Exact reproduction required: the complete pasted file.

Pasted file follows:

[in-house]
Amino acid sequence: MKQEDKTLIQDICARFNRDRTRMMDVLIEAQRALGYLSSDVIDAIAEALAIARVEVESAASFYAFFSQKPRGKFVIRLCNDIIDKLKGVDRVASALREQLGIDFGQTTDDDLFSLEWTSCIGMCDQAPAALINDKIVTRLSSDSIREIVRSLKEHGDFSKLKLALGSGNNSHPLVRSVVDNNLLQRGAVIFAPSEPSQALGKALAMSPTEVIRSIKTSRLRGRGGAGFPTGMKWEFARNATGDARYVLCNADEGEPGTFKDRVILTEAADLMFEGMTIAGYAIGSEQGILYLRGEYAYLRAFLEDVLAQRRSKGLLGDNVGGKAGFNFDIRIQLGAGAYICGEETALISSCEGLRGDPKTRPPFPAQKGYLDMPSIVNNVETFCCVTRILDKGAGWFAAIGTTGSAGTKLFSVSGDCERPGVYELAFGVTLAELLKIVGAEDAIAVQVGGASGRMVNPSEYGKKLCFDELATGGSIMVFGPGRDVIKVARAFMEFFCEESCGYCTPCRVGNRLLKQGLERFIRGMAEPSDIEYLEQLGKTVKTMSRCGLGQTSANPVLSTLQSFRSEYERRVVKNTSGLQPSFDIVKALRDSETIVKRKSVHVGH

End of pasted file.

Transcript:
[in-house]
Amino acid sequence: MKQEDKTLIQDICARFNRDRTRMMDVLIEAQRALGYLSSDVIDAIAEALAIARVEVESAASFYAFFSQKPRGKFVIRLCNDIIDKLKGVDRVASALREQLGIDFGQTTDDDLFSLEWTSCIGMCDQAPAALINDKIVTRLSSDSIREIVRSLKEHGDFSKLKLALGSGNNSHPLVRSVVDNNLLQRGAVIFAPSEPSQALGKALAMSPTEVIRSIKTSRLRGRGGAGFPTGMKWEFARNATGDARYVLCNADEGEPGTFKDRVILTEAADLMFEGMTIAGYAIGSEQGILYLRGEYAYLRAFLEDVLAQRRSKGLLGDNVGGKAGFNFDIRIQLGAGAYICGEETALISSCEGLRGDPKTRPPFPAQKGYLDMPSIVNNVETFCCVTRILDKGAGWFAAIGTTGSAGTKLFSVSGDCERPGVYELAFGVTLAELLKIVGAEDAIAVQVGGASGRMVNPSEYGKKLCFDELATGGSIMVFGPGRDVIKVARAFMEFFCEESCGYCTPCRVGNRLLKQGLERFIRGMAEPSDIEYLEQLGKTVKTMSRCGLGQTSANPVLSTLQSFRSEYERRVVKNTSGLQPSFDIVKALRDSETIVKRKSVHVGH